Jared Green received both his A.M. and Ph.D. from Brown University. His scholarly essays and reviews on Modernist literature, visual culture, and early cinema have been published internationally in journals such as Novel, Éditions du CERPAC, and Études Faulkneriennes, as well as the anthologies, Illuminations: New Readings of Virginia Woolf (MacMillan),Docufictions: Essays on the Intersection of Documentary and Fictional Filmmaking (McFarland & Co.) and Consuming Culture in the Long Nineteenth Century (Lexington Books). He is also a fiction writer and experimental literary performer and has published poetry, prose poetry, children's fiction, and screenplays.  

Prof. Green teaches a wide range of courses at Stonehill, including First Year Seminar: The Imaginary Primitive, First Year Seminar: The Mirror of Friendship, Empire of Signs: Introduction to Theories of Literature and Culture, British Modernism Around WWI, The Writing of Light: Photography and Literature, Signals & Noise: Literature in the Age of Information, and Creative Writing: Microfictions. He is the founding and current director of the Digital Humanities Program. Prof. Green was named one of the “Best 300 Professors” in the US by Princeton Review in 2012.


  • B.A., Swarthmore College
  • M.A., Ph.D. in Comparative Literature, Brown University

Research Interests

  • Nineteenth and twentieth-century British and Continental literature and art
  • Theories of urban modernity
  • Anthropology and ethnology
  • Commodity culture
  • Early cinema
  • The historical avant-gardes
  • Technology and visuality
  • Critical Race Studies
  • Digital Cultures

Courses Taught

  • Nervous Systems: Paranoia in Modern and Postmodern Narrative. 
  • Empire of Signs: Introduction to Critical Theory. 
  • Fictions of the Self: Identity, Memoir, and Auto-Fiction 
  • Fiction Writing I: Microfictions: The Art of the Very Short Story 
  • Fiction Writing II: Advanced Fiction 
  • First-Year Seminar/COR Literature: The Imaginary Primitive. 
  • First-Year Seminar/COR Literature: The Mirror of Friendship 
  • Madness and Insight: Modernist Psychopathologies. 
  • Radical Modernisms: Anarchism, Aesthetics and the Making of the  
  • Modern 
  • Ruin and Re-begetting: British Modernism around World War I. 
  • Signals and Noise: Literature as Information 
  • Human 3.0: The Cultures of the Digital Age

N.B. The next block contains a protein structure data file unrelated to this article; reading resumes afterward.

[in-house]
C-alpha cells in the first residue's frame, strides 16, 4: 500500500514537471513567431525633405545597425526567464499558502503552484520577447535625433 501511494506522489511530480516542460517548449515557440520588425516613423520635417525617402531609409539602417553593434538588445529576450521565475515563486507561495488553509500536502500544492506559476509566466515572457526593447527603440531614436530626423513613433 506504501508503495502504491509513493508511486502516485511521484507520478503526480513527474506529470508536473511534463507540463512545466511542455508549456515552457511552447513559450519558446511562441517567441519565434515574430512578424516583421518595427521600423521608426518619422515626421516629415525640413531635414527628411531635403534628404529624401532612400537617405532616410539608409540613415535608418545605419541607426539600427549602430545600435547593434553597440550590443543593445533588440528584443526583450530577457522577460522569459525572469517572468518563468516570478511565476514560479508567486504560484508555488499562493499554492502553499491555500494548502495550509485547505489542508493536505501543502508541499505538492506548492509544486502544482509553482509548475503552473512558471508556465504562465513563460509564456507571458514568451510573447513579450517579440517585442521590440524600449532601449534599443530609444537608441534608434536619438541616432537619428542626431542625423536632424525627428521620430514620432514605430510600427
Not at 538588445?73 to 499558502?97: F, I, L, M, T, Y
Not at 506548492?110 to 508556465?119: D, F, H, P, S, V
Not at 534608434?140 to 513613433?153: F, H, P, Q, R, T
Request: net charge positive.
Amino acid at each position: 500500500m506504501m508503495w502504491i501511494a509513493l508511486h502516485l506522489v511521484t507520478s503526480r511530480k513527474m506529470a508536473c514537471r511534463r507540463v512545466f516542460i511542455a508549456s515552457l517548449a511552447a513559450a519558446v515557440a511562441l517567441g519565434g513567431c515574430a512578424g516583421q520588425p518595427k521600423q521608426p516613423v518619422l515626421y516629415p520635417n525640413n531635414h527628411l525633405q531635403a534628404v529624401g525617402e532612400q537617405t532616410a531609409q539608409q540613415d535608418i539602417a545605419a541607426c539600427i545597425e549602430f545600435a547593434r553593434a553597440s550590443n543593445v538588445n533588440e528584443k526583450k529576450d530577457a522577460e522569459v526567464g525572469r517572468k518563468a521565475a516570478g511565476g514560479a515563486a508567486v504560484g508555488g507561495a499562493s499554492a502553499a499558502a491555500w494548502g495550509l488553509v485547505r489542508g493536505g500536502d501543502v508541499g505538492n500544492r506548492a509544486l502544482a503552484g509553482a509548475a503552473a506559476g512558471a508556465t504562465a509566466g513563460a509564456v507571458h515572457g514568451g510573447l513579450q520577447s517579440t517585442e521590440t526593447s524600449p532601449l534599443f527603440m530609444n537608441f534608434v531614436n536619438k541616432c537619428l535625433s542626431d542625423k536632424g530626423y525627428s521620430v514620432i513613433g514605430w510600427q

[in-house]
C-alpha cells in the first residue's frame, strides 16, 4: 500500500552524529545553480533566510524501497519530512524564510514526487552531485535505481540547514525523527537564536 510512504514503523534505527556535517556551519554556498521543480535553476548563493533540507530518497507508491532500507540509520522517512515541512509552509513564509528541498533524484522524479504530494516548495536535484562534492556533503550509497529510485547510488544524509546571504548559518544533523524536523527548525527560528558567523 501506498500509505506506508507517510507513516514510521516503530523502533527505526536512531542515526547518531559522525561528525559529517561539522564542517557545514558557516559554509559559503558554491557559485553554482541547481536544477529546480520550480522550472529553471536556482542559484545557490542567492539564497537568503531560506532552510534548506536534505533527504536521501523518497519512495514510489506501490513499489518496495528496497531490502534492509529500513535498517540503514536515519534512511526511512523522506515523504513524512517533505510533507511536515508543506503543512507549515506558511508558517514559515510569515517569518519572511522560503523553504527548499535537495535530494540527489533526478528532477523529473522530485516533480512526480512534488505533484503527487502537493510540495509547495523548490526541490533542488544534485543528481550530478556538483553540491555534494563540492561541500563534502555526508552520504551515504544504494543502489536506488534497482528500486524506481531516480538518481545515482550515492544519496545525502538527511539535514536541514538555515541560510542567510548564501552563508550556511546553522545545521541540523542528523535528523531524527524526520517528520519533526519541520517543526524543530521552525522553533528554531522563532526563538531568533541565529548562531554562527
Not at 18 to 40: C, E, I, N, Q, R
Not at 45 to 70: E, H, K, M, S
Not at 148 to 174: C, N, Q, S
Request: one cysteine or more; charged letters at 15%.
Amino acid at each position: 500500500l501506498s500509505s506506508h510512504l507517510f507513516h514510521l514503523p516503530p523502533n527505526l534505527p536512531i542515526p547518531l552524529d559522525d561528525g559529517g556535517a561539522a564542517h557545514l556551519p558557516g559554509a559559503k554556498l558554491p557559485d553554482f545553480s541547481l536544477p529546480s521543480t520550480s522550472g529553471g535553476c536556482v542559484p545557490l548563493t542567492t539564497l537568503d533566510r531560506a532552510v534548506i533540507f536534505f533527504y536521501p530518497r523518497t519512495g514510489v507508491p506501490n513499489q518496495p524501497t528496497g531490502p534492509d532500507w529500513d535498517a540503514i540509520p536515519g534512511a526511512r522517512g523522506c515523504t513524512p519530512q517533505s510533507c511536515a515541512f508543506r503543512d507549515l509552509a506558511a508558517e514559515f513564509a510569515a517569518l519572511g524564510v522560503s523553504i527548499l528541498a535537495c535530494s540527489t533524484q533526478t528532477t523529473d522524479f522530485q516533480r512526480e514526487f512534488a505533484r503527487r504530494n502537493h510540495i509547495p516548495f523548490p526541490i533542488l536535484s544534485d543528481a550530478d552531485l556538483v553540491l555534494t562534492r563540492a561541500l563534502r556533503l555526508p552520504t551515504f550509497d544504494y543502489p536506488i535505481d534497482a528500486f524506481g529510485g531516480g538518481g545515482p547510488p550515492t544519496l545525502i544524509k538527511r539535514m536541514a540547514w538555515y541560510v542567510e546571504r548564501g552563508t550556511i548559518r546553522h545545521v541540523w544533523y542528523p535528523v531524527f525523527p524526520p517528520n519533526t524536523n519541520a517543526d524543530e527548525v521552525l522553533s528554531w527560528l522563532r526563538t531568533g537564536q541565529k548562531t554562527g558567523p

• The Writing of Light: Photography and the Literary Imagination 

Personal Website

Selected Publications, Articles & Presentations

  • “Brutal Communities: Speech, Misrecognition and the Disciplining of Race in Light in August, Études Faulkneriennes vol. 4, 2004;
  • “A Language of their Own: The Semiotics of Motherhood in Woolf’s To the Lighthouse and Morrison’s Beloved, in Carol Merli, ed., Illuminations: New Readings of Virginia Woolf (McMillan, 2003)
  • (editor) Rap and Hip Hop: Examining Pop Culture, ( San Diego: Greenhaven Press, 2003).
  • “Fischzauber,” short story, The Stardust Review. Forthcoming, 2020. 8p.  
  • “Maps & Fires,” short story, Quiddity. January 2020. 8p.
  • “Heliographs,” short story, The New Limestone Review. September 15, 2019. 12p.      
  • “This Is How We Walk on the Moon,” novella, The Write Launch. Issue 29, September 2019. 
  • “Interior, by Fractions,” The Art of Living: An Anthology (Forthcoming, Poetose Press, 2020). 
  • “White Center, 1950,” Waccamaw, November 20, 2019. 1p. 
  •  “Ornithophily,” Tiny Seed Literary Journal. March 5, 2019. 1 p. 
  • “Unsmoke Signals,” excerpted in Emergency IndexAn Annual Document of Performance Practice, Ed. Yelena Gluzman and Sophia Cleary. Vol. 7, Spring 2019  (New York: Ugly Duckling Presse). 1p
  • Tamarack, a short gothic film about a family's dark secret. Justin Bull, director. 11:32 minutes. Festival Selection, short dramatic film program: Woods Hole Film Festival, July 25-Aug. 31, 2020. Selected as a featured short: Film Shortage April, 2019.